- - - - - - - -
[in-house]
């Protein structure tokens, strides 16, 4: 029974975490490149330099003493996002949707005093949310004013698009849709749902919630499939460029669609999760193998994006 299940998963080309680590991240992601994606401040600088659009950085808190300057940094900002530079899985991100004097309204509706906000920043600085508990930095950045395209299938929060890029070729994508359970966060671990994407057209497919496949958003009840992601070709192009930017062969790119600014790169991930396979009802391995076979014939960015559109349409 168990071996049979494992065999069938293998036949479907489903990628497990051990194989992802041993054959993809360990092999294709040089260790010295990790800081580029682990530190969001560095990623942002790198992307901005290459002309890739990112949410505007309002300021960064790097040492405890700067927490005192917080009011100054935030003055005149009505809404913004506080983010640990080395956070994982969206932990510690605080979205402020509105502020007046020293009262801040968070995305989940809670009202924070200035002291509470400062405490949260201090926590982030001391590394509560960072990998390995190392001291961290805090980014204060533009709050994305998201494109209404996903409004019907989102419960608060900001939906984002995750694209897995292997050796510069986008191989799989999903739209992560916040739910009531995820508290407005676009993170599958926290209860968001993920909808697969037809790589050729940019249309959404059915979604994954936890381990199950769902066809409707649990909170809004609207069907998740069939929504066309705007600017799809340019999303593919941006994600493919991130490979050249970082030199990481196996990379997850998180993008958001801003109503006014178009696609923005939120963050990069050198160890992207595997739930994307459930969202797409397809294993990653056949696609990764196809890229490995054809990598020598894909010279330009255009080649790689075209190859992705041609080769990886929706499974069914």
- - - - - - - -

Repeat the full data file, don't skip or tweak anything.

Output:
[in-house]
């Protein structure tokens, strides 16, 4: 029974975490490149330099003493996002949707005093949310004013698009849709749902919630499939460029669609999760193998994006 299940998963080309680590991240992601994606401040600088659009950085808190300057940094900002530079899985991100004097309204509706906000920043600085508990930095950045395209299938929060890029070729994508359970966060671990994407057209497919496949958003009840992601070709192009930017062969790119600014790169991930396979009802391995076979014939960015559109349409 168990071996049979494992065999069938293998036949479907489903990628497990051990194989992802041993054959993809360990092999294709040089260790010295990790800081580029682990530190969001560095990623942002790198992307901005290459002309890739990112949410505007309002300021960064790097040492405890700067927490005192917080009011100054935030003055005149009505809404913004506080983010640990080395956070994982969206932990510690605080979205402020509105502020007046020293009262801040968070995305989940809670009202924070200035002291509470400062405490949260201090926590982030001391590394509560960072990998390995190392001291961290805090980014204060533009709050994305998201494109209404996903409004019907989102419960608060900001939906984002995750694209897995292997050796510069986008191989799989999903739209992560916040739910009531995820508290407005676009993170599958926290209860968001993920909808697969037809790589050729940019249309959404059915979604994954936890381990199950769902066809409707649990909170809004609207069907998740069939929504066309705007600017799809340019999303593919941006994600493919991130490979050249970082030199990481196996990379997850998180993008958001801003109503006014178009696609923005939120963050990069050198160890992207595997739930994307459930969202797409397809294993990653056949696609990764196809890229490995054809990598020598894909010279330009255009080649790689075209190859992705041609080769990886929706499974069914």